TX Logistik AB, Swedish subsidiary of Germany’s TX Logistik AG, has successfully completed an 838-meter train test in Sweden.
The test train carried 48 semitrailers and traveled at speeds of up to 120 km/h. This was faster than trains in comparable test runs in other countries. It was driven by a four-axle locomotive, which is normally used in rail freight transport.
The rail logistics company, which is part of the Mercitalia Group, operated the fully loaded train on the approximately 500-km route between Malmö and Frövi, in Örebro province, in central Sweden. Foodstuffs from the Swedish retail chain Coop were transported. The Swedish transport infrastructure authority Trafikverket was the third partner involved in the test run.
By now, only trains with a maximum length of 630 meters are permitted on most routes in Sweden and “an expansion to 838 metres would significantly increase transport capacities and thus make rail freight transport even more efficient and attractive for shippers,” Lars Winther Sørensen, Managing Director of TX Logistik AB in Sweden said. It is possible that the goods transported almost exclusively by road to be transferred on the rail transport bringing benefits to the society and environment.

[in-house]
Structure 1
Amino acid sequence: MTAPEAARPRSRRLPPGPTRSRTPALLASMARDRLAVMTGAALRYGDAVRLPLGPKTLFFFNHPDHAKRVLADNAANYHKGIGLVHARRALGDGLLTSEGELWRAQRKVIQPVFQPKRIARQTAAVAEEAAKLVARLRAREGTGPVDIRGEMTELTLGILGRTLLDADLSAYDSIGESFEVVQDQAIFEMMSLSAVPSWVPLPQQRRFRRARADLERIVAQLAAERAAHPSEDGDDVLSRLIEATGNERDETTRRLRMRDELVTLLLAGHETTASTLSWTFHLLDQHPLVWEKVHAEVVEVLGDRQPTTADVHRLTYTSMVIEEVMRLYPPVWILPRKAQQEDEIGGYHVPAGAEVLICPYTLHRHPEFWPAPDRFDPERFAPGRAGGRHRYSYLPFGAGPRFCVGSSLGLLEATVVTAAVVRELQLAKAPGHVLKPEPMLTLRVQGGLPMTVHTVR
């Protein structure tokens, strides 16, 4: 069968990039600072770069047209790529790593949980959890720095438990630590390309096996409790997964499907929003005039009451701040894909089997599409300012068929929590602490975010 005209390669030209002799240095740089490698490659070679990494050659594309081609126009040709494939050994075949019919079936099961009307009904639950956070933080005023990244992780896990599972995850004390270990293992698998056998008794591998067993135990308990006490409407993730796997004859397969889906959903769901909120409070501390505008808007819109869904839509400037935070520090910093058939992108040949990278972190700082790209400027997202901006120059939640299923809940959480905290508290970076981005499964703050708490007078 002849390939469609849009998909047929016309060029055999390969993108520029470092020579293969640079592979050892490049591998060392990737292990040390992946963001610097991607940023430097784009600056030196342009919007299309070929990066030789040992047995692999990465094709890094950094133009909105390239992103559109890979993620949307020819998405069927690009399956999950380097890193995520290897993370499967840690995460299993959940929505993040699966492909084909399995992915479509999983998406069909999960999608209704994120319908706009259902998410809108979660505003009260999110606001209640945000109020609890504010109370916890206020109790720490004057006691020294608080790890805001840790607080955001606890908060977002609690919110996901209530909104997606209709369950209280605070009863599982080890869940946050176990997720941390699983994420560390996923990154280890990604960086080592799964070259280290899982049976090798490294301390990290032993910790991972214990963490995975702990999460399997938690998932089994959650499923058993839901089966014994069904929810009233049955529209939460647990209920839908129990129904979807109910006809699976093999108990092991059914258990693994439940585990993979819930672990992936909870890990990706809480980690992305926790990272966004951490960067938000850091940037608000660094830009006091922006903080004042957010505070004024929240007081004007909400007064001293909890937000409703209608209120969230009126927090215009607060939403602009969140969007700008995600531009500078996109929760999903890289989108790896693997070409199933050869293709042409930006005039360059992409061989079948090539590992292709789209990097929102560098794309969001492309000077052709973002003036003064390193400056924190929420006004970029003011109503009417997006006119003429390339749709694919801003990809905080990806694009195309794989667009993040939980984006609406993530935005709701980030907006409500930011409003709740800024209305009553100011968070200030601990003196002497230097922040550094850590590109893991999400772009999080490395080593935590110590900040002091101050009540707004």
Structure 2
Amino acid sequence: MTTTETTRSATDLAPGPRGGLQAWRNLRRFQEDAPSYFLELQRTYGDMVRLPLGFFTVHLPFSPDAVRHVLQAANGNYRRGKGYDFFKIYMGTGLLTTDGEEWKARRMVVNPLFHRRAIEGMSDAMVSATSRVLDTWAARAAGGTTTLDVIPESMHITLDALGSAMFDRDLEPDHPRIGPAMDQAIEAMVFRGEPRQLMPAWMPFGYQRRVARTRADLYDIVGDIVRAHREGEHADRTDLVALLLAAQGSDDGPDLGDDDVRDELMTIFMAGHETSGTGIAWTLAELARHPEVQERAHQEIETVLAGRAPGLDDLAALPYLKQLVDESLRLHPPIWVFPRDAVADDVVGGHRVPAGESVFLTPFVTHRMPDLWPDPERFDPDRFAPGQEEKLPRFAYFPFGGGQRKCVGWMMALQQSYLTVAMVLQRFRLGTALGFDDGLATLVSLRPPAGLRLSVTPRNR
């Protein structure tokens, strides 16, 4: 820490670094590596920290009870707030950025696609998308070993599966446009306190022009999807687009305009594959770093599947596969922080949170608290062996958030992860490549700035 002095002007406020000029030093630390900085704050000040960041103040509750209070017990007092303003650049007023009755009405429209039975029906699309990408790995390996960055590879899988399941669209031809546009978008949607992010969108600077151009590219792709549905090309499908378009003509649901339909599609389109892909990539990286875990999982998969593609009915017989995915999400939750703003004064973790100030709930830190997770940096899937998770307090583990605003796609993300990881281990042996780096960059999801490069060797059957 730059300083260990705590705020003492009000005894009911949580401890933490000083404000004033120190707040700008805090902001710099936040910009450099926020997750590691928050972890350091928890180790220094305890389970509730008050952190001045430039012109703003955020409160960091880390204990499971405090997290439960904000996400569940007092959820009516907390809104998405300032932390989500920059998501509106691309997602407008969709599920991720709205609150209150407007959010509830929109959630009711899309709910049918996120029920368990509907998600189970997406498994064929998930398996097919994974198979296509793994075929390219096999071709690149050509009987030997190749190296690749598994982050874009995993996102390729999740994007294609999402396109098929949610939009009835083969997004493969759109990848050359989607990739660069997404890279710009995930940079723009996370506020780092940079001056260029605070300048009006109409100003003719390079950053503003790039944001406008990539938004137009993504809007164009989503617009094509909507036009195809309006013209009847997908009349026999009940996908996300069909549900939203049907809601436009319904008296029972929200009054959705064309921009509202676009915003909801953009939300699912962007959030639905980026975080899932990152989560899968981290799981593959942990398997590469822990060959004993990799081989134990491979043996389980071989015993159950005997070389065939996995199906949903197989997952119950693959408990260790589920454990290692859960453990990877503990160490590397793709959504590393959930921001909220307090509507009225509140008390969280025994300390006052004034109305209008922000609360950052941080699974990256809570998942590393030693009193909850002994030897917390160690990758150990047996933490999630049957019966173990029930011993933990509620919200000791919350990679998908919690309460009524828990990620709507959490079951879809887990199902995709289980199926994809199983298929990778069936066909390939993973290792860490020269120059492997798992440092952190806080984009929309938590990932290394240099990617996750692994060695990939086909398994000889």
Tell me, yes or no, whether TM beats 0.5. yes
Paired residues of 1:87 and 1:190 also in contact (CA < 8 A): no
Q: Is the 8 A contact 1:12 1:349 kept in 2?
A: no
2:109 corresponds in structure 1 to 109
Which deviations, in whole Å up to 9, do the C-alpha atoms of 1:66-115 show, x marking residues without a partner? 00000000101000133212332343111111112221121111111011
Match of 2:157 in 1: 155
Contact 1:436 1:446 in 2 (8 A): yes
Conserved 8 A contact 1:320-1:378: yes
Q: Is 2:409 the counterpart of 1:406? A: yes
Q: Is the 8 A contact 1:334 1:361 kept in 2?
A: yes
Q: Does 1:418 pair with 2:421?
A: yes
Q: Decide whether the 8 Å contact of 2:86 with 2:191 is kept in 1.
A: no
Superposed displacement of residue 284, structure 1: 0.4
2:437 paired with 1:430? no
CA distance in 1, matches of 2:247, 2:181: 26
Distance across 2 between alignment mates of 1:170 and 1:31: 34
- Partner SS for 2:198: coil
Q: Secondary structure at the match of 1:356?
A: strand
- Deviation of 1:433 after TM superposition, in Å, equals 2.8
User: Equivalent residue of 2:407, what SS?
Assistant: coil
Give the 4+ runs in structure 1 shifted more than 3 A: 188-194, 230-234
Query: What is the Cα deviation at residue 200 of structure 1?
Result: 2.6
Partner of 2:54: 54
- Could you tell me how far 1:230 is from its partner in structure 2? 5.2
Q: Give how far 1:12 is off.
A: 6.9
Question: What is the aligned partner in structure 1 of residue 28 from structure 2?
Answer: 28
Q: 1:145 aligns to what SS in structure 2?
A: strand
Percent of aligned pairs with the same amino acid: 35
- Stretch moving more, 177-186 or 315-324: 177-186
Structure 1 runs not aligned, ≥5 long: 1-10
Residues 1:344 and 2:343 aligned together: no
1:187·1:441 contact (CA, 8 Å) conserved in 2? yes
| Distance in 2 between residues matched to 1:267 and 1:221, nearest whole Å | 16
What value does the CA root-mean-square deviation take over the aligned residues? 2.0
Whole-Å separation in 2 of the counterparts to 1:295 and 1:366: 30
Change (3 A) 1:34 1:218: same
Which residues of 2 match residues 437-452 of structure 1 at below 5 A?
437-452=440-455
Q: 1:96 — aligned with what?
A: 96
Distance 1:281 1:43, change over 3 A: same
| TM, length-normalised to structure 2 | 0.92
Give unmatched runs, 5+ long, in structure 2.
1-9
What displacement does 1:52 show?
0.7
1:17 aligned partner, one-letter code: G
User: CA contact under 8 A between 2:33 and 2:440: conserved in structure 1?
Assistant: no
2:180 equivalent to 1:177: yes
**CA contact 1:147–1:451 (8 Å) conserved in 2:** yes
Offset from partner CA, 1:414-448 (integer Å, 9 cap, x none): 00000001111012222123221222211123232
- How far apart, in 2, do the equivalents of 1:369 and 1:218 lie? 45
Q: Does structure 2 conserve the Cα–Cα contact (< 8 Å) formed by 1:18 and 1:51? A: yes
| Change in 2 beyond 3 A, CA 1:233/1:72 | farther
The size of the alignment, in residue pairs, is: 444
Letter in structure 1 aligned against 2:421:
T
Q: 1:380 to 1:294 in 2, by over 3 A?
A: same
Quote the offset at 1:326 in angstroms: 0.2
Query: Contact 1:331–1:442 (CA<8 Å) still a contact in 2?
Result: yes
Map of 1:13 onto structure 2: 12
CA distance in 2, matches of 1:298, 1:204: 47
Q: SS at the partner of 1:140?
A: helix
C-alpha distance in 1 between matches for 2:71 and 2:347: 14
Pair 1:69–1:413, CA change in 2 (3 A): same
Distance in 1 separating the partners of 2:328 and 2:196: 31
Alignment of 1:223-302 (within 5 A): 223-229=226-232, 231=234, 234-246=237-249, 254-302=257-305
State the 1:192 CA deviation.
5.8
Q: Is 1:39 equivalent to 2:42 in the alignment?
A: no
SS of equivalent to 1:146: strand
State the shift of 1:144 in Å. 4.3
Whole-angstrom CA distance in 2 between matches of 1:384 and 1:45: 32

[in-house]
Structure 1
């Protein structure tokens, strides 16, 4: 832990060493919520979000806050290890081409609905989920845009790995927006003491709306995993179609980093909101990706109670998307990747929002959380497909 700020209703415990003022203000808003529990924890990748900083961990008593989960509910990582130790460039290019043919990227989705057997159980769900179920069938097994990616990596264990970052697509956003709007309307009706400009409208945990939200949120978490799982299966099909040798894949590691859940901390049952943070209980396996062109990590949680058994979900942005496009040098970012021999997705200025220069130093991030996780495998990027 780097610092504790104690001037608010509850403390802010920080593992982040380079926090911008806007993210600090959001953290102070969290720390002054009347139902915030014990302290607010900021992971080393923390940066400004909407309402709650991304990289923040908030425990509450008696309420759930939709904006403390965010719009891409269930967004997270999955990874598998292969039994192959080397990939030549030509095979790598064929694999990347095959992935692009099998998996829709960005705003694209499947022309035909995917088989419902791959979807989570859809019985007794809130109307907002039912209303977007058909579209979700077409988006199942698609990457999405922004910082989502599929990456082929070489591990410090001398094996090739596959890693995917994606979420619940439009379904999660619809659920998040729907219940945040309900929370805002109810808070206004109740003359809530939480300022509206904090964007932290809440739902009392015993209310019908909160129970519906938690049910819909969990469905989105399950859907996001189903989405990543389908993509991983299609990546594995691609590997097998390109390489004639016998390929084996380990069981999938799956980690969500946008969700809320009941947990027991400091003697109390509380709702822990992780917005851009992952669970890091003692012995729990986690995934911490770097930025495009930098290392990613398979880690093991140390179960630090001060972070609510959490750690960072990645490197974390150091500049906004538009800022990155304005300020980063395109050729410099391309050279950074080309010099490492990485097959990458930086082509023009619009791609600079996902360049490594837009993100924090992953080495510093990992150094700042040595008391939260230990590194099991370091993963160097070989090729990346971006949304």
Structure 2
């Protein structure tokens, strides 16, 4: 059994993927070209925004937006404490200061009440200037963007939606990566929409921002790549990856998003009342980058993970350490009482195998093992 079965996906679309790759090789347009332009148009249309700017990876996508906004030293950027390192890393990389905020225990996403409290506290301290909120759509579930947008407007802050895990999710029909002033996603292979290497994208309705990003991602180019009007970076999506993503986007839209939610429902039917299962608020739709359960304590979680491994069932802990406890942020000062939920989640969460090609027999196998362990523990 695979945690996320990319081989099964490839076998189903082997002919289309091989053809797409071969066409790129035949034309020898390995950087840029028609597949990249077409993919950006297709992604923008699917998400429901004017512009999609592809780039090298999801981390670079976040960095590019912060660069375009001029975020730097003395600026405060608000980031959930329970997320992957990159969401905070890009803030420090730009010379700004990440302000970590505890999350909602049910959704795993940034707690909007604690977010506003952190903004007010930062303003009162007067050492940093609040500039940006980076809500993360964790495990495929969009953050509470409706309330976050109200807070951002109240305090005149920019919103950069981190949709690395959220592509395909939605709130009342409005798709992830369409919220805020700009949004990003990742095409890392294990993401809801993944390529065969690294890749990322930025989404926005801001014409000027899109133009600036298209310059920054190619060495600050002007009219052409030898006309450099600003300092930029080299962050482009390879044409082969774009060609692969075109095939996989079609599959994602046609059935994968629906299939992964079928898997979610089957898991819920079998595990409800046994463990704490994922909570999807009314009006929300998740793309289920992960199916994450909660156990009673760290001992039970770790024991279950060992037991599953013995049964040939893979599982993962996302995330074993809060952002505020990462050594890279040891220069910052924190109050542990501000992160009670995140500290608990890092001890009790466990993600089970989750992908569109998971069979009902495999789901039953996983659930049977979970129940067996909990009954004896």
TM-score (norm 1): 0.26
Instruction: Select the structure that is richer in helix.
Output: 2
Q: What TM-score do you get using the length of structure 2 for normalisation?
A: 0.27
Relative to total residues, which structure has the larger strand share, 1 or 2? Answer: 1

The 838-meter train is an essential prerequisite for shifting more goods from road to rail which will contribute to the reduction of emissions. The use of longer trains will boost the development of sustainable and smart transport. In particular, the combination of high load capacity per train and high speed ensures a highly productive transport system.
Coop transports food and other goods by rail in Sweden from 2009. Since 2012, TX Logistik has been running for the retail chain between Bro, 30 km northwest of Stockholm, and Malmö. Two years ago, the number of round trips was doubled from ten to 20.
According to Peter Rosendahl, transport manager at Coop Logistik, “30 percent of our transports are handled by rail”, and the company intends to “increase the share further. That’s why we participated in this forward-looking project and hope to be able to extend our trains in the near future.